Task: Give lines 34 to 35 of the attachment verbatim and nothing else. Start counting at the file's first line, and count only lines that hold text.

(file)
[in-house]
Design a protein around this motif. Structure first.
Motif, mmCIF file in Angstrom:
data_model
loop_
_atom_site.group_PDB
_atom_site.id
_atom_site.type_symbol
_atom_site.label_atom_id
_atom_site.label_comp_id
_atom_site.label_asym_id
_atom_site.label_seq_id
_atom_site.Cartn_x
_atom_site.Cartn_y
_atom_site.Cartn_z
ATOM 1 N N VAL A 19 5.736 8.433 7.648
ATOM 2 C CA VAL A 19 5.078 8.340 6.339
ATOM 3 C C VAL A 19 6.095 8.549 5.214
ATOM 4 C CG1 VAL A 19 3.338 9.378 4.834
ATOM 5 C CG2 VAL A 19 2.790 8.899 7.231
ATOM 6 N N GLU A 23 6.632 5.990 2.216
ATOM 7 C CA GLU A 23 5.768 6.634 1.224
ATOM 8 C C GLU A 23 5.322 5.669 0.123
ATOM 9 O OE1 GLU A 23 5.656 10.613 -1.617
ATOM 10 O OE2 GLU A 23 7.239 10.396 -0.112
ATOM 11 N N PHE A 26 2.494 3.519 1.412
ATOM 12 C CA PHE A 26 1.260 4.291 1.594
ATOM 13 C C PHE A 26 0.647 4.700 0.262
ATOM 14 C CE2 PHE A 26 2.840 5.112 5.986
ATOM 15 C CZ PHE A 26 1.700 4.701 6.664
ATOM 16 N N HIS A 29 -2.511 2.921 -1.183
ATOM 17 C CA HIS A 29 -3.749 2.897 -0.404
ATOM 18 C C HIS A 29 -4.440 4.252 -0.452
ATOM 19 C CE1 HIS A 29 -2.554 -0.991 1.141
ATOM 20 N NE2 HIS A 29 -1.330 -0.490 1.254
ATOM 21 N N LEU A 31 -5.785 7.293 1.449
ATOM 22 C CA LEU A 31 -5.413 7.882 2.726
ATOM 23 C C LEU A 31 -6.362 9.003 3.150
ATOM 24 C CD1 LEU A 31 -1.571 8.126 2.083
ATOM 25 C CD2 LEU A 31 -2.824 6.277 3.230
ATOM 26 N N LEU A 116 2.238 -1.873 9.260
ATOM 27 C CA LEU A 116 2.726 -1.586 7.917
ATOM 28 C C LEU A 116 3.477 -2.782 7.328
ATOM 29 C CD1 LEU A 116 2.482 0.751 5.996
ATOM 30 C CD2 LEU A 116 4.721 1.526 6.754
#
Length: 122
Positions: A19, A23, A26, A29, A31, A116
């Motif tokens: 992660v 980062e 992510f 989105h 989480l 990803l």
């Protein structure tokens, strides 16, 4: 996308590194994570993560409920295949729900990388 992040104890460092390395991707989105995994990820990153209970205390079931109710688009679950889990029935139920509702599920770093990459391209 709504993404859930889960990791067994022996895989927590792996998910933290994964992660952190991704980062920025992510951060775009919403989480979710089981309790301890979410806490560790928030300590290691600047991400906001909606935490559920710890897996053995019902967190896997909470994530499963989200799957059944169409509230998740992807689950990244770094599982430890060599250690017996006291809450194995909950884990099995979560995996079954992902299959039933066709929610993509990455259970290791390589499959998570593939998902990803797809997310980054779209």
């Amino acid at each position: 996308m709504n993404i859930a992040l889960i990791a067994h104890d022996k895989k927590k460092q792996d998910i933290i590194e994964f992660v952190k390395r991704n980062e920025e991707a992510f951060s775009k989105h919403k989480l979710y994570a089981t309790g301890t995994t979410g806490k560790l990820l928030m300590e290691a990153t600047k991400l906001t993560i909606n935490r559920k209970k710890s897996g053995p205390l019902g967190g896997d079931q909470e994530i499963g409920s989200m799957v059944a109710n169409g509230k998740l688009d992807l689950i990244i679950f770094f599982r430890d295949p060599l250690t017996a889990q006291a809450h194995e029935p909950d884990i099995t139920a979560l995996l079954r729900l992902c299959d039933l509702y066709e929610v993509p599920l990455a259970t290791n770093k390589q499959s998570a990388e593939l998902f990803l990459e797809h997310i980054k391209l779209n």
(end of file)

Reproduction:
ATOM 19 C CE1 HIS A 29 -2.554 -0.991 1.141
ATOM 20 N NE2 HIS A 29 -1.330 -0.490 1.254